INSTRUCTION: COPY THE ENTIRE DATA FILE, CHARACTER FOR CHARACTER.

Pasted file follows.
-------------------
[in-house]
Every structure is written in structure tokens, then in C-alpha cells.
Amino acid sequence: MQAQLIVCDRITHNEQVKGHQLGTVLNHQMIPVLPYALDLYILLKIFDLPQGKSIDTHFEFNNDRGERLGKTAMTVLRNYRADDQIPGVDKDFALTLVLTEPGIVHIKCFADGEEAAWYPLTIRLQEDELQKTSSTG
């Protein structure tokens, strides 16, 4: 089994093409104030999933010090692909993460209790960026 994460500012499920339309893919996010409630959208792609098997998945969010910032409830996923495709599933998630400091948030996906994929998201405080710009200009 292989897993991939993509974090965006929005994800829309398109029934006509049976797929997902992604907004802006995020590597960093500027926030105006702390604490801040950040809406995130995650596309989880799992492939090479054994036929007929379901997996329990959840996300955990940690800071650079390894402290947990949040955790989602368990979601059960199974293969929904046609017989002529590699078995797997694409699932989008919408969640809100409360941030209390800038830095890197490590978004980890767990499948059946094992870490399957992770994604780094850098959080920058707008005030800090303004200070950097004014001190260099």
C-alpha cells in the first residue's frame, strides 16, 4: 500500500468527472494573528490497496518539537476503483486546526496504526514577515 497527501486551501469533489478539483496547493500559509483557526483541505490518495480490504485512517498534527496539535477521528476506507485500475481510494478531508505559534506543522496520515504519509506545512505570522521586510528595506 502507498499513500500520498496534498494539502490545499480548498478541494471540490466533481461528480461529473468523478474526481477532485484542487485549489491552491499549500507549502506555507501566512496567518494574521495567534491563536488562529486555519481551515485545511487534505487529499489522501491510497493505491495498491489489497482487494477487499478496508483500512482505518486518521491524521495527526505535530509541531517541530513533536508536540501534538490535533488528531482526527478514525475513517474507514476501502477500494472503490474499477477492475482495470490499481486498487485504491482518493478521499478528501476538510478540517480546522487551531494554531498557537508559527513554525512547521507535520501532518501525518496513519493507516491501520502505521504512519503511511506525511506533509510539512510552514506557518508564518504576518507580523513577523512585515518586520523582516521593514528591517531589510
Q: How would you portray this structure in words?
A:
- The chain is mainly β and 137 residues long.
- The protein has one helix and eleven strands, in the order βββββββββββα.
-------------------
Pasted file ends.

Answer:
[in-house]
Every structure is written in structure tokens, then in C-alpha cells.
Amino acid sequence: MQAQLIVCDRITHNEQVKGHQLGTVLNHQMIPVLPYALDLYILLKIFDLPQGKSIDTHFEFNNDRGERLGKTAMTVLRNYRADDQIPGVDKDFALTLVLTEPGIVHIKCFADGEEAAWYPLTIRLQEDELQKTSSTG
């Protein structure tokens, strides 16, 4: 089994093409104030999933010090692909993460209790960026 994460500012499920339309893919996010409630959208792609098997998945969010910032409830996923495709599933998630400091948030996906994929998201405080710009200009 292989897993991939993509974090965006929005994800829309398109029934006509049976797929997902992604907004802006995020590597960093500027926030105006702390604490801040950040809406995130995650596309989880799992492939090479054994036929007929379901997996329990959840996300955990940690800071650079390894402290947990949040955790989602368990979601059960199974293969929904046609017989002529590699078995797997694409699932989008919408969640809100409360941030209390800038830095890197490590978004980890767990499948059946094992870490399957992770994604780094850098959080920058707008005030800090303004200070950097004014001190260099």
C-alpha cells in the first residue's frame, strides 16, 4: 500500500468527472494573528490497496518539537476503483486546526496504526514577515 497527501486551501469533489478539483496547493500559509483557526483541505490518495480490504485512517498534527496539535477521528476506507485500475481510494478531508505559534506543522496520515504519509506545512505570522521586510528595506 502507498499513500500520498496534498494539502490545499480548498478541494471540490466533481461528480461529473468523478474526481477532485484542487485549489491552491499549500507549502506555507501566512496567518494574521495567534491563536488562529486555519481551515485545511487534505487529499489522501491510497493505491495498491489489497482487494477487499478496508483500512482505518486518521491524521495527526505535530509541531517541530513533536508536540501534538490535533488528531482526527478514525475513517474507514476501502477500494472503490474499477477492475482495470490499481486498487485504491482518493478521499478528501476538510478540517480546522487551531494554531498557537508559527513554525512547521507535520501532518501525518496513519493507516491501520502505521504512519503511511506525511506533509510539512510552514506557518508564518504576518507580523513577523512585515518586520523582516521593514528591517531589510
Q: How would you portray this structure in words?
A:
- The chain is mainly β and 137 residues long.
- The protein has one helix and eleven strands, in the order βββββββββββα.